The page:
Inadequately treated psoriatic arthritis can lead to permanent disability due to fusion of the joints. Once it has occurred, the damage is irreversible.
Psoriatic Arthritis Symptoms
The most common psoriatic arthritis symptoms are:
- With psoriatic arthritis, you usually have inflammation in the body’s joints which causes stiff and painful joints in the fingers, toes, ankles, lower back, or knees.
- Sometimes inflammation in your fingers or toes occurs in the form of swelling. Your fingers and toes then look like a ‘sausage’, which is why these are called ‘sausage fingers’ or ‘sausage toes’. The medical term for this is dactylitis.
- Inflammation also occurs in the tendon attachments, for example in the Achilles tendon.
- Joint inflammation with pain, swelling, and stiffness
- Skin complaints with red spots, scaling, and itching
- Fatigue – Often there are several factors that cause and maintain the fatigue associated with psoriatic arthritis. For example, fatigue can be a direct consequence of the disease, but also a side effect of the medicines you are taking. Pain can also keep you awake at night, making you tired during the day.
- Eye inflammation due to the eyes being too dry (uveitis)
- Inflammation in the spine (in about 20 to 30% of people with psoriatic arthritis)
- Inflammation of the small vertebrae between the sternum and ribs (similar to Bechterew, spondyloarthritis)
- Inflammation of the SI joints (between the sacrum and ilium, sacroiliitis)
- Itching, allergies, and tightness (due to an excess of histamine in the blood)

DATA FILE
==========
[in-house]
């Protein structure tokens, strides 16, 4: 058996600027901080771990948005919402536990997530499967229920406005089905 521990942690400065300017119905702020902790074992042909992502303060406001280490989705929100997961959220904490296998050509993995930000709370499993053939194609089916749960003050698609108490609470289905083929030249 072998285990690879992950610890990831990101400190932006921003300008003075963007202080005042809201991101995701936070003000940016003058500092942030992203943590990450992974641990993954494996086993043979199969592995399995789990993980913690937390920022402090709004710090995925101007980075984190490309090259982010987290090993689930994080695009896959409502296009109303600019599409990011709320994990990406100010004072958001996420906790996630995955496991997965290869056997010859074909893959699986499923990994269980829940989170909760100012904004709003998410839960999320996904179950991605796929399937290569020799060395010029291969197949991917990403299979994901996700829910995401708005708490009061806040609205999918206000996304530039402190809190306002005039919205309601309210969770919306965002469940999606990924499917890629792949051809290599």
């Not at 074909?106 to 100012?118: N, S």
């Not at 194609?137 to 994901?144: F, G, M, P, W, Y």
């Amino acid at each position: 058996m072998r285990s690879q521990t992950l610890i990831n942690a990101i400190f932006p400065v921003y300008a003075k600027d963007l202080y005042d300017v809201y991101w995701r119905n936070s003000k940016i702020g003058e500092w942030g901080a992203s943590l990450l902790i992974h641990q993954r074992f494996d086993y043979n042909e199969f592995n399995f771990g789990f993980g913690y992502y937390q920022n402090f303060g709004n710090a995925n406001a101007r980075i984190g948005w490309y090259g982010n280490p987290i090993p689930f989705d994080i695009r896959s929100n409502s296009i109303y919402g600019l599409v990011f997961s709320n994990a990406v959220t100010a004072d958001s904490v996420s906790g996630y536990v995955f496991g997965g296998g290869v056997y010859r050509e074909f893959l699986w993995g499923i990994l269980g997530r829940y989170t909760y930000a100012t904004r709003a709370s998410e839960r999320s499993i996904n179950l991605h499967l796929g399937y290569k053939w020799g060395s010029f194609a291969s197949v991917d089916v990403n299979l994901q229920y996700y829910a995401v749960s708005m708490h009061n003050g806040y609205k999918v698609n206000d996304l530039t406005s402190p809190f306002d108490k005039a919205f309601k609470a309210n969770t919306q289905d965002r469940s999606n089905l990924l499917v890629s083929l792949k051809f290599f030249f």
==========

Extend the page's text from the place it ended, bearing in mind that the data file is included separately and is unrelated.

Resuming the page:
With joint inflammation, the joint:
- is swollen
- is stiff
- feels warm
- you can move less well
How is psoriatic arthritis diagnosed?
Your doctor usually bases the diagnosis on your symptoms, a physical examination, and a blood test.
During the physical exam, your doctor will look for signs of inflammation in your joints and tendons. Your doctor will monitor the mobility of your pelvis, hips, and back. Your doctor will physically examine your eyes, skin, and nails.
Usually, your doctor will have your blood tested. With the blood test, your doctor wants to find out whether inflammatory values
However, if your doctor finds HLA-B27 in your blood, it can help to make the diagnosis with certainty. Often the rheumatoid factor and anti-CCP antibodies are also examined in the blood test. This helps to distinguish between psoriatic arthritis and rheumatoid arthritis.
In addition, your doctor often conducts additional research. He will have one or more X-rays taken to see if any abnormalities are visible in the joints in your arms or legs.
How Does Psoriatic Arthritis Proceed?
Usually, periods in which you have many complaints alternate with periods in which the condition calms down on its own.
There is no connection between skin complaints and joint complaints.
Medicines also help to reduce your symptoms.
Occasionally, people with psoriatic arthritis have long-term inflamed joints.
Psoriatic Arthritis Treatment
Psoriatic arthritis is a type of tissue pain.
It is important that the different types of pain, namely nerve pain, tissue pain, and mixed pain, are all treated in their own way.
Psoriatic arthritis has no cure, and treatment varies from person to person. The disease progresses differently for everyone and the complaints are often different.